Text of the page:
Youth Center Hoped for in Bremerton

By Rachel Pritchett
Two Catholic groups hope to open a “youth connection center” in downtown Bremerton to help kids in crisis.
Before the facility could come online, some $1.3 million would have to be raised, licenses would have to be obtained and renovations would have to be made in the empty storefront at the Max Hale Center.
That could take a year and maybe longer, according to David Kucklick, service director for the Family Preservation Program of Bremerton. Family Preservation, a Catholic Community Services program, is pairing with Catholic Housing Services of Western Washington to try to make the center happen.
The center’s supporters say that it will offer a safe haven to young people suffering domestic abuse at home, who’ve been kicked out of foster care, who are living on the streets or who are suffering addictions.
Trained staff members would work with community social-service partners, and also with the person’s natural circle of support — extended family, teachers, coaches and pastors — to find a way to place the child into a safe family environment.
“It’s really that partnership that makes it work,” Kucklick said.
The space at the corner of Pacific Avenue and Fifth Street has been empty for years. Planners envision a complete interior redo.
When done, the 6,800 square feet of space would have 25 beds. The youngest visitors could stay a night or two, and visitors 18 and older could stay as long as 21 days, according to Denise Solada of Catholic Housing Services and program director for the Max Hale Center.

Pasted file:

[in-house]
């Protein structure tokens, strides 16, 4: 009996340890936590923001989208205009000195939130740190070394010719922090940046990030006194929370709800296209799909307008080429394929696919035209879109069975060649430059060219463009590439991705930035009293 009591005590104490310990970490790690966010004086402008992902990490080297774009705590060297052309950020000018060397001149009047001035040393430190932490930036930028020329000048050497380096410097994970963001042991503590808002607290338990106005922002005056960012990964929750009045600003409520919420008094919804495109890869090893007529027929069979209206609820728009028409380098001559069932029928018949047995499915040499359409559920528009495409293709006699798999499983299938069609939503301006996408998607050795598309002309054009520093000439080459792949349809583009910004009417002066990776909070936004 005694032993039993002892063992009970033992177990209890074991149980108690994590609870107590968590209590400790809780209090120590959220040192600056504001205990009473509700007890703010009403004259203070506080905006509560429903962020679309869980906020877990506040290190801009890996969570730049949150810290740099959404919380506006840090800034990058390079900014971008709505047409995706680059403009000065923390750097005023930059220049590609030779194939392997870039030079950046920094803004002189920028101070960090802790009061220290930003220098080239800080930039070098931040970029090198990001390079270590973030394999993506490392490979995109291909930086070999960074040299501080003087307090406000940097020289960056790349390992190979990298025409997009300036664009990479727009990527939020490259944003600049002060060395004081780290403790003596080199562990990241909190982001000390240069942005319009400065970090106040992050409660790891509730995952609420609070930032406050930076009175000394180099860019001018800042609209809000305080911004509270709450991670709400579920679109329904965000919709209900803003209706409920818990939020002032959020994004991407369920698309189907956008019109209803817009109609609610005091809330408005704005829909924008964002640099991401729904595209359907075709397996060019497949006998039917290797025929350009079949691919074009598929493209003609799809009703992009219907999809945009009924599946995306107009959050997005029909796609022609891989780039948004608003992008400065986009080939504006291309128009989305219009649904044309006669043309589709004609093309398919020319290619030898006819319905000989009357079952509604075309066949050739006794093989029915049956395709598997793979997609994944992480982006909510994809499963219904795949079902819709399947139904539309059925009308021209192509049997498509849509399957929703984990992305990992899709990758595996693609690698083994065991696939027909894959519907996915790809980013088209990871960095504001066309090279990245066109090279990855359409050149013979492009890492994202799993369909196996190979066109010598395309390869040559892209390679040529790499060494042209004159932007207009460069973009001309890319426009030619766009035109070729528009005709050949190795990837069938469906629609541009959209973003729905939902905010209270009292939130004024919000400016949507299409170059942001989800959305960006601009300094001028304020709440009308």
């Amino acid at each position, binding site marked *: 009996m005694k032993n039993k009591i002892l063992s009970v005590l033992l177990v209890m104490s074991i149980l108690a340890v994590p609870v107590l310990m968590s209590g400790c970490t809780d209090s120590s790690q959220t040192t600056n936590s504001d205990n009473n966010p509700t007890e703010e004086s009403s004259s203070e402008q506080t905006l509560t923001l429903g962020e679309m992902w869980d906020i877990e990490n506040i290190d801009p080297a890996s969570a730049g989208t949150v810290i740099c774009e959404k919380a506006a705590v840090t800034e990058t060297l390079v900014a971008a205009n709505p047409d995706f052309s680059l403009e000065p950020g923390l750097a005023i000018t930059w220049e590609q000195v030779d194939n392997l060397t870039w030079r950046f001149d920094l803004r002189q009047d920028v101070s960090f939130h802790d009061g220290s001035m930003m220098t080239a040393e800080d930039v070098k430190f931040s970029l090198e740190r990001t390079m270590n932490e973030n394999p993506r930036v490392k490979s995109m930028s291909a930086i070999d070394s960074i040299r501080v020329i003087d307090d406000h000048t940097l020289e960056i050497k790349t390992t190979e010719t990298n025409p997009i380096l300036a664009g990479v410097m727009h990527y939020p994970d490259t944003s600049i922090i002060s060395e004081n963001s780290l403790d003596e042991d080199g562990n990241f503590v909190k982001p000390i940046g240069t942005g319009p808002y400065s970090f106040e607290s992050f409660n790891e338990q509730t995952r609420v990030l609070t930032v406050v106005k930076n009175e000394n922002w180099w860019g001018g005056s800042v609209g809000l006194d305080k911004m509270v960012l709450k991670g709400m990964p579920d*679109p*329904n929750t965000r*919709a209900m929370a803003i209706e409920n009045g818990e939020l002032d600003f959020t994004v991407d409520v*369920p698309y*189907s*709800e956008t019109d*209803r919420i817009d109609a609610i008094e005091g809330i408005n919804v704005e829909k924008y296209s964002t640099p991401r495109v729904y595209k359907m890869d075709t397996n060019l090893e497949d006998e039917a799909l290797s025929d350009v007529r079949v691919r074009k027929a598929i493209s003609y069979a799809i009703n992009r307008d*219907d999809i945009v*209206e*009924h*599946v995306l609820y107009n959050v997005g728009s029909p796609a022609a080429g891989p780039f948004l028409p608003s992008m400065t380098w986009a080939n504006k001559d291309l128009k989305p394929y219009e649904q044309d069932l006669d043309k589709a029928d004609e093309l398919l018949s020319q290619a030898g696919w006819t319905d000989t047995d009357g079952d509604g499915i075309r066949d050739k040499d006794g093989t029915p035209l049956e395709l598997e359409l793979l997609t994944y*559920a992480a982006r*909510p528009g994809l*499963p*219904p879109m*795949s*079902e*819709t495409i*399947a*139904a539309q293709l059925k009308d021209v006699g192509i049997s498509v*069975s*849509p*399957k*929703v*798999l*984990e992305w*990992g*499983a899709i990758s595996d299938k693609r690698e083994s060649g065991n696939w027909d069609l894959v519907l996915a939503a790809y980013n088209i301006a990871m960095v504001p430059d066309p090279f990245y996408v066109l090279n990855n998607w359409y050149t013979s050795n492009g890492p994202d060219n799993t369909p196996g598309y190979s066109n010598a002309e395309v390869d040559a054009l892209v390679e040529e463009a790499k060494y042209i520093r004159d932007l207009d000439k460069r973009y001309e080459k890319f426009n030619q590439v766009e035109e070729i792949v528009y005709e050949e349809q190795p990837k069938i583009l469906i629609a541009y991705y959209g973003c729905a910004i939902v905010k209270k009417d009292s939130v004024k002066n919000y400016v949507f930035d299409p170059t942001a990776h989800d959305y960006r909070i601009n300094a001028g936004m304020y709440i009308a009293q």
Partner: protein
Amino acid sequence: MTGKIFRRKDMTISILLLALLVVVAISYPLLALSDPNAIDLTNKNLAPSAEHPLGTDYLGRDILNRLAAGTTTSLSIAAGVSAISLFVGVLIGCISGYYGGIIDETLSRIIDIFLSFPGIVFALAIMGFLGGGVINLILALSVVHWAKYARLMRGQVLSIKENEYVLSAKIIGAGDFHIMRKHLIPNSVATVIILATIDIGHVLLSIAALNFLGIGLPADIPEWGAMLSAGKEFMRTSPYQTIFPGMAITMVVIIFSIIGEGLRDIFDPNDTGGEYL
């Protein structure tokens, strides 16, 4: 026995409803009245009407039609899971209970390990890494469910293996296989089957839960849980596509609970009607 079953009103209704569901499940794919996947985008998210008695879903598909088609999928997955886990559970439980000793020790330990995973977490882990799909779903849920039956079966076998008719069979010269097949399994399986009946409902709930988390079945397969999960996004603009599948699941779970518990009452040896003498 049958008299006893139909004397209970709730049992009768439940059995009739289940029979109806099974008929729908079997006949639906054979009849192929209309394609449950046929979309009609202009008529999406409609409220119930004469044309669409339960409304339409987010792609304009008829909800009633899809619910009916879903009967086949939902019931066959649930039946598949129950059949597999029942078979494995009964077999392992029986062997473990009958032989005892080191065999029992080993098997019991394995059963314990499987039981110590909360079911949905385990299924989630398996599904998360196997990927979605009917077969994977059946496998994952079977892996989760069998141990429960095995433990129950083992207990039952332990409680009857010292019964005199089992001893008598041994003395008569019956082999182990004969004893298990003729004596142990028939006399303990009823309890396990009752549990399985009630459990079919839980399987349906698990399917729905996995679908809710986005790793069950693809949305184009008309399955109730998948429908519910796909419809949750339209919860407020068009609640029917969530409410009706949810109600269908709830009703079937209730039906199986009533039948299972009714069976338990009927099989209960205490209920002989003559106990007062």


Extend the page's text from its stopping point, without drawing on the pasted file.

The concept already has the support of Kitsap County Sheriff Steve Boyer.
Solada and Kucklick also hope to offer a mentoring program for the troubled youth, enlisting businesses to help them get on-the-job training.
Steve Rice of Rice Fergus Miller Architecture and Planning said he hopes that his company will offer the young people opportunities to learn basic work skills and forge new relationships with adults working in professional settings.
“And at the same time build a little bit of a resume,” Rice added.
But others have concerns about the center, including Dave Frederick, founder of Coffee Oasis, a nearby Christian nonprofit group that has assisted young people in crisis for the past 12 years.
“It just doesn’t make sense financially,” he said, adding that he’s not certain there are enough young people in crisis to support such a large endeavor.
It might be better, Frederick said, for them to set up a much smaller shelter with beds and partner with Coffee Oasis, which is offering many of the same services. E-mails weighing in on the proposal are flying through the local social-service community.
Solada said she is aware that not everyone will support the center in downtown Bremerton, but added that “it is our responsibility to take care of our children.”
Kucklick suggested that there was a great need, especially among teen girls, the most vulnerable and easily exploited. Two similar centers closed last year due to lack of funding in Silverdale and Port Orchard.
Today, “there aren’t the paid programs you can put kids in anymore to the degree there was in the past,” Kucklick said.

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